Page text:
2019: The Year I Officially Got Old
I was loitering in a Walgreens drug store pretending to look at magazines but in reality I was really waiting for a tall man in a raincoat to step away from the rack of pill organizers I had my eye on. Finally, after what seemed like hours, he left and I quickly took his position in front of the display rack. I prayed nobody I knew would happen by and catch me in such a compromising position.
Never in my life would I have imagined there were so many options for pill containers, or that I would need one. I gazed upon rows and rows of containers designed to hold a single day, 7-day, or even a 31-day supply of pills. They came in rectangular, square, and round shapes. Many had AM/PM compartments. The smallest were pocket-sized and the largest looked to be the size of my laptop computer. One even looked like an egg carton.
Truth told, I have a lovely antique silver pillbox. It’s shaped like a book, but unfortunately it won’t work for my needs because I must take numerous pills at different times of the day for a variety of ridiculous ailments. Hence my surreptitious visit to the Walgreens.
After 10 minutes of hand wringing, I ended up selecting a plastic purple-and-green colored, seven-day luxury model with morning and evening compartments. It was the least ostentatious of the bunch but nowhere near as classy as my small silver book. I hid it behind a bag of Doritos and used a self-service checkout machine. Thankfully, I slipped unnoticed out of the drugstore. The date was August 28, 2019. The time was 12:30 p.m. I remember it so vividly not because I still have the receipt, but because it was the moment I officially got old.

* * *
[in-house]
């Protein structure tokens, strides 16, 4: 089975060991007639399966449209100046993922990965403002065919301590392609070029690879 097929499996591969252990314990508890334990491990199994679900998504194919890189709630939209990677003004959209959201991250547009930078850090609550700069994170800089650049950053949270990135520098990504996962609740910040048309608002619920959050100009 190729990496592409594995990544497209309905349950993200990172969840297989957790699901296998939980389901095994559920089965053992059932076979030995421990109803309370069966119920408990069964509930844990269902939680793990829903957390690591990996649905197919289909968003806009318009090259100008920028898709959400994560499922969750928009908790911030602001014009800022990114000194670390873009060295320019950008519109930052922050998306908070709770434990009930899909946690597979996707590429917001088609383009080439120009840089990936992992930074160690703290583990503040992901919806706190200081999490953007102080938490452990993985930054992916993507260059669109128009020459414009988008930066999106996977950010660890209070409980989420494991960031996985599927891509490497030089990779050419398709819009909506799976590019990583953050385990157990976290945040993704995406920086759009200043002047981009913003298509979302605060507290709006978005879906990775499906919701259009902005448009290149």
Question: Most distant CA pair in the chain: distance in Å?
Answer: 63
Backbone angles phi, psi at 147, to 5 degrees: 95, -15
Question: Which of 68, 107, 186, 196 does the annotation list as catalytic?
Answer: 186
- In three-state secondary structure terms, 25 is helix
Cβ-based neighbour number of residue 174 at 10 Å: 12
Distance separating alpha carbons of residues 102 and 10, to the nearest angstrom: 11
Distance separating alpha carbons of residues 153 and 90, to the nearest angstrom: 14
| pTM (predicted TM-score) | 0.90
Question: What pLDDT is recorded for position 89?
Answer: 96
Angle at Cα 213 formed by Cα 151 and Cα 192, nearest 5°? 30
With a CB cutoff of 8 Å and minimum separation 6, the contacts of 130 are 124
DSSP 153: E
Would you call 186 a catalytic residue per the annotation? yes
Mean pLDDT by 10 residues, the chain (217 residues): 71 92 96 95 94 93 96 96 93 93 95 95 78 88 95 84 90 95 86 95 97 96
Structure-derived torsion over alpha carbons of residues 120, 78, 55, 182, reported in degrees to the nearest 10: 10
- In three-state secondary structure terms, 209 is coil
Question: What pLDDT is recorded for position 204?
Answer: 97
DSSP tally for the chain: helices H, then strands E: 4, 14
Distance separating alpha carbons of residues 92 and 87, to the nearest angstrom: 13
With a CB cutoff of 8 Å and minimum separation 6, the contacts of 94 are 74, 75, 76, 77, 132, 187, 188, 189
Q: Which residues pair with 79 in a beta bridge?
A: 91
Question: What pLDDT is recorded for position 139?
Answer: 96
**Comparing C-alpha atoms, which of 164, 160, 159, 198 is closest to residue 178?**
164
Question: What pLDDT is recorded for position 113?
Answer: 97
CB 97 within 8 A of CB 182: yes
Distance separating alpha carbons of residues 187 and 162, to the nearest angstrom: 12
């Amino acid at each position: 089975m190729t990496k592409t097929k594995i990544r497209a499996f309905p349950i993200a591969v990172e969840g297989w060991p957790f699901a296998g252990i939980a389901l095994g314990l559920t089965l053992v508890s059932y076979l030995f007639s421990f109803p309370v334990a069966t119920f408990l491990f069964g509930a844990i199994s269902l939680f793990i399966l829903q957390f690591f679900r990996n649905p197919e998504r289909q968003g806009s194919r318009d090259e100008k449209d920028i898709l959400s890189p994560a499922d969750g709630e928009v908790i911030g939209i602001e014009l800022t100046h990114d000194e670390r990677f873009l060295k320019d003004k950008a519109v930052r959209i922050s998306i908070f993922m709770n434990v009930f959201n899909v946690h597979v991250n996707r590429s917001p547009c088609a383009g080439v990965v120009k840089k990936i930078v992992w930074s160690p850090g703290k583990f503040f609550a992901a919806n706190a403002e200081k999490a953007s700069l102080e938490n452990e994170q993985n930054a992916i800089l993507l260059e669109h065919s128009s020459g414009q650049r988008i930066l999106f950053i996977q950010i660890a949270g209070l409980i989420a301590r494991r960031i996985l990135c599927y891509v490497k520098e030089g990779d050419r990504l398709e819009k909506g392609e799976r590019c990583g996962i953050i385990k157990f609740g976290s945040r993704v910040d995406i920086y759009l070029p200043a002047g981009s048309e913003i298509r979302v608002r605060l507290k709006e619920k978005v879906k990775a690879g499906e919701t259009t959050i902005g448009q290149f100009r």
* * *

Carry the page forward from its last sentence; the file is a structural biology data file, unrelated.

Between you and me, I’ve never really cared about growing old. This past year, though, aging reared its head in a variety of humiliating ways to remind me I’m on the steep downward slope of life. Permit me to share a few examples.
One morning I boarded the Metro, minding my own business and listening to music. When I looked around to check my travel progress, I realized—much to my chagrin—I was the only person whose earphones were still tethered to his iPhone. Everyone else on the train car was under 30 years of age and sporting ear buds. I was mortified, as I might have been if I were wearing a fanny pack….
Another morning, at Starbucks, a very handsome young man made a grand gesture of holding the door for me and calling me sir as I entered. I swear he winked as I walked past. When I next saw him, he was holding hands with his girlfriend. The little bastard was just being polite….
I was having my teeth cleaned one day when the dental technician suggested I consider getting braces to straighten my teeth. Old people, she explained, tend to have crowded teeth, which makes it difficult to floss and leads to gum disease. Good lord, I thought, how bad were they? Shortly thereafter, I sprung for Invisalign® braces. Now I understand exactly how senior citizens fall victim to roofing and window replacement scams.…
Finally, there was the Buttigieg for President fundraiser I attended where one of the candidate’s staffers proclaimed how great it was to see so many older Democrats come out for Pete. Multigenerational support! I looked around, expecting to see an army of aged Dems stamping their walkers and waving their canes. All I saw was my reflection in a mirror.…
Yes, 2019 was a rough year and I’m sure glad it’s over. I’m not sure my ego could take much more. But at least my pills are organized and my teeth are straight. What more can an old man ask for? ▼
Rich Barnett is the author of The Discreet Charms of a Bourgeois Beach Town, and Fun with Dick and James.